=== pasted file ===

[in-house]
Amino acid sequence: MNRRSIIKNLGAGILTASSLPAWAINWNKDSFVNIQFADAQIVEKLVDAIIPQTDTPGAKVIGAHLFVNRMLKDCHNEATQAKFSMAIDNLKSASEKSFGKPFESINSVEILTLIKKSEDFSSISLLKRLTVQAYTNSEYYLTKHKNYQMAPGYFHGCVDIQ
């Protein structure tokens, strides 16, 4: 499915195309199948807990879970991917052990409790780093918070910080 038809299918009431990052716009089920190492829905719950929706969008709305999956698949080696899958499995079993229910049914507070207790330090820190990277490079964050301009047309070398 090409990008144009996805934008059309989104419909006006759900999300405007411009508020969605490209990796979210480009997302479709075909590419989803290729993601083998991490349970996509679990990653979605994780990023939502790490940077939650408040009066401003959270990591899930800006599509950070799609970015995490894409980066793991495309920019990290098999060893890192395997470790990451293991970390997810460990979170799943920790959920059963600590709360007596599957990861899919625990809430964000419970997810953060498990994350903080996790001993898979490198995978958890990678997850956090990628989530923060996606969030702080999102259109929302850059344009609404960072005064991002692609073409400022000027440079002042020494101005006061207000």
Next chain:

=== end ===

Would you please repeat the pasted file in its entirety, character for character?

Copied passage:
[in-house]
Amino acid sequence: MNRRSIIKNLGAGILTASSLPAWAINWNKDSFVNIQFADAQIVEKLVDAIIPQTDTPGAKVIGAHLFVNRMLKDCHNEATQAKFSMAIDNLKSASEKSFGKPFESINSVEILTLIKKSEDFSSISLLKRLTVQAYTNSEYYLTKHKNYQMAPGYFHGCVDIQ
């Protein structure tokens, strides 16, 4: 499915195309199948807990879970991917052990409790780093918070910080 038809299918009431990052716009089920190492829905719950929706969008709305999956698949080696899958499995079993229910049914507070207790330090820190990277490079964050301009047309070398 090409990008144009996805934008059309989104419909006006759900999300405007411009508020969605490209990796979210480009997302479709075909590419989803290729993601083998991490349970996509679990990653979605994780990023939502790490940077939650408040009066401003959270990591899930800006599509950070799609970015995490894409980066793991495309920019990290098999060893890192395997470790990451293991970390997810460990979170799943920790959920059963600590709360007596599957990861899919625990809430964000419970997810953060498990994350903080996790001993898979490198995978958890990678997850956090990628989530923060996606969030702080999102259109929302850059344009609404960072005064991002692609073409400022000027440079002042020494101005006061207000």
Next chain: